The most oft-repeated mantras on Facebook the Day David Bowie Died were, “David Bowie helped me fly my freak flag,” “David Bowie helped me feel less alone” and “David Bowie inspired me.” Some fans threw up their hands at the thought of saying anything at all, unable to properly eulogize such a hot creative flame gone, poof, so they clammed up altogether.
His music flew all across the globe Monday, and as post after post flew by it was as if all the glitter and stardust that Bowie had been sprinkling on us all these years had finally landed and actually rubbed off, and so now we all wanted to report in and testify, that we had a ticket stub or a story.
I discovered Bowie in all his androgynous rock ‘n’ roll star glory when I was a 15-year-old Catholic kid looking for adventure, and while I have many life-altering memories of my times spent with his music (starting with dancing to the Suicide Commandos’ blistering version of “Suffragette City” at Regina High School) one of my favorites came on his 69th birthday, last Friday, at Studio 2 Café in South Minneapolis.
The night started out with the former Java Jack’s and DevJam owner David Hussman and I toasting Bowie’s birthday and talking about “Heroes,” an epic and emotionally-wrenching and uplifting song I’ve had the honor of singing at First Avenue with the Rock For Pussy crew a couple times, and which I discovered Friday night that David has deep recording knowledge of.
Hussman and I have become friends over the last year, as he and his wife Andrien Thomas and their family have worked hard to bring live music and the Mad Ripple Hootenanny back to the corner of 46th and Bryant. And while we share similar community-building and live music missions, our main conversational bond as rock dudes has been Bowie.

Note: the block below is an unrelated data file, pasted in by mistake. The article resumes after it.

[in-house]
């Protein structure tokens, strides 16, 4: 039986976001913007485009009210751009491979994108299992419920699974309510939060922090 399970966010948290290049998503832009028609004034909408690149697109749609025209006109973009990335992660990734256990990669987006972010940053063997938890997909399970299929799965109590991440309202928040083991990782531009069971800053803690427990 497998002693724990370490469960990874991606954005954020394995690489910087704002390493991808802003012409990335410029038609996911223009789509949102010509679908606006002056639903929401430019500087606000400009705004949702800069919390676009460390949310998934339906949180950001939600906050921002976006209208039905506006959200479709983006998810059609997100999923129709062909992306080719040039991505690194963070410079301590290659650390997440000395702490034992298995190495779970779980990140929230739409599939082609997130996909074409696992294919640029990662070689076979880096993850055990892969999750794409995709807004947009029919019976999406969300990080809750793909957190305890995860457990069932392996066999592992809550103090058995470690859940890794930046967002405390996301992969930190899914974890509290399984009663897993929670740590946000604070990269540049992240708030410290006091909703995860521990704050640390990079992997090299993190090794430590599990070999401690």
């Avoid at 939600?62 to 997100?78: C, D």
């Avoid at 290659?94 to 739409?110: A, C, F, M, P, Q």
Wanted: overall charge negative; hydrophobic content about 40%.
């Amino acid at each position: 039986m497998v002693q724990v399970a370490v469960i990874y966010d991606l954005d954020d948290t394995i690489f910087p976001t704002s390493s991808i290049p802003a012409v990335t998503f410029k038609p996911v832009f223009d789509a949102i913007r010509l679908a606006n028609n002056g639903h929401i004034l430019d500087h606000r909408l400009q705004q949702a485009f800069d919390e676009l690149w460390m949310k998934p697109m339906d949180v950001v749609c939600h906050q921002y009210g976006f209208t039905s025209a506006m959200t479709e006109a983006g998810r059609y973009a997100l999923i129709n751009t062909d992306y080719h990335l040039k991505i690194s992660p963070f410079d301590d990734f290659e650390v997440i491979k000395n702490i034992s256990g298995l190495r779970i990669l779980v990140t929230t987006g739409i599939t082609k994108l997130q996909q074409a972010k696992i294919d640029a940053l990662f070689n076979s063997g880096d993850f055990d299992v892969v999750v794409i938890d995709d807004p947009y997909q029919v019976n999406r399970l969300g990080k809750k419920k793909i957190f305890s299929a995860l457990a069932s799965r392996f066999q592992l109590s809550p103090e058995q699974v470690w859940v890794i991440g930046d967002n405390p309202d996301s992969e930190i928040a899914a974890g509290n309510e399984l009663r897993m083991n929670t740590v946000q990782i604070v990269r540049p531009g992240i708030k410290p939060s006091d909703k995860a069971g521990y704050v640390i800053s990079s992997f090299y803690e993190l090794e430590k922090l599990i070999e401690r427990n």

“David Bowie” has always been shorthand for a particular freedom and freedom of expression, sexuality, and otherworldly enthralling ROCK, and, so, as so many have said since Bowie succumbed to cancer Sunday, he was and remains a voice for all sorts of eternal teenagers, aliens, freaks and space travelers. So it was perfect when, after Friday’s live music concluded, Hussman dialed up his iPod and right there in that sleepy little neighborhood a small dance party broke out to Bowie’s “Golden Years,” “Fame,” “Young Americans,” and “Let’s Dance.”
I thought of Bowie that night, and his brilliant infectious smile and confidant roar, and how tickled he’d have been at the sights and sounds of his music transforming a cozy little family bistro into a mini-disco on his birthday. Sweet.
As the snow fell and people milled about and finally out into the night, the very sounds of those records brought me back to when I first discovered them with my friends Paul Kaiser, Greg Larson and John Brownson at DeLaSalle High School. We’d been tipped off to Bowie by an upperclassmen, John Ennen, and all us young dudes fell hard for all that urgent-sounding pre-punk rock, driving around the lakes and playing poker to endless plays of “Diamond Dogs,” “Station To Station,” “Young Americans,” “Low,” “Heroes,” “Changesonebowie,” and rushing to the Southtown Theater for the opening of “The Man Who Fell To Earth.”